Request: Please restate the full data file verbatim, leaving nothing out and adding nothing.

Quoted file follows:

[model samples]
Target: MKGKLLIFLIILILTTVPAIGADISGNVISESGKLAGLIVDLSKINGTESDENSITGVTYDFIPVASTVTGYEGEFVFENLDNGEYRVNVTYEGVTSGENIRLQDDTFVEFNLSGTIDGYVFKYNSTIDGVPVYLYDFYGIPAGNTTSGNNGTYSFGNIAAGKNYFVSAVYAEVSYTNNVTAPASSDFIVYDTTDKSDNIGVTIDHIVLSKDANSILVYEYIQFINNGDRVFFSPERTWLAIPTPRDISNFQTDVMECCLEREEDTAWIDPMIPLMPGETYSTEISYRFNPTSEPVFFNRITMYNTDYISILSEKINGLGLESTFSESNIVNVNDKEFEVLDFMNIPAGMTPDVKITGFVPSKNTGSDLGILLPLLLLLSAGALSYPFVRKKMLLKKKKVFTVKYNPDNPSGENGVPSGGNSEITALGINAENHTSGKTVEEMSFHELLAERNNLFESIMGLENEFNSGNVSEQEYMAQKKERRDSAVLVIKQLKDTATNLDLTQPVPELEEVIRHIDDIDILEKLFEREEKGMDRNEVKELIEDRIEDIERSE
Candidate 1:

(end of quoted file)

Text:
[model samples]
Target: MKGKLLIFLIILILTTVPAIGADISGNVISESGKLAGLIVDLSKINGTESDENSITGVTYDFIPVASTVTGYEGEFVFENLDNGEYRVNVTYEGVTSGENIRLQDDTFVEFNLSGTIDGYVFKYNSTIDGVPVYLYDFYGIPAGNTTSGNNGTYSFGNIAAGKNYFVSAVYAEVSYTNNVTAPASSDFIVYDTTDKSDNIGVTIDHIVLSKDANSILVYEYIQFINNGDRVFFSPERTWLAIPTPRDISNFQTDVMECCLEREEDTAWIDPMIPLMPGETYSTEISYRFNPTSEPVFFNRITMYNTDYISILSEKINGLGLESTFSESNIVNVNDKEFEVLDFMNIPAGMTPDVKITGFVPSKNTGSDLGILLPLLLLLSAGALSYPFVRKKMLLKKKKVFTVKYNPDNPSGENGVPSGGNSEITALGINAENHTSGKTVEEMSFHELLAERNNLFESIMGLENEFNSGNVSEQEYMAQKKERRDSAVLVIKQLKDTATNLDLTQPVPELEEVIRHIDDIDILEKLFEREEKGMDRNEVKELIEDRIEDIERSE
Candidate 1: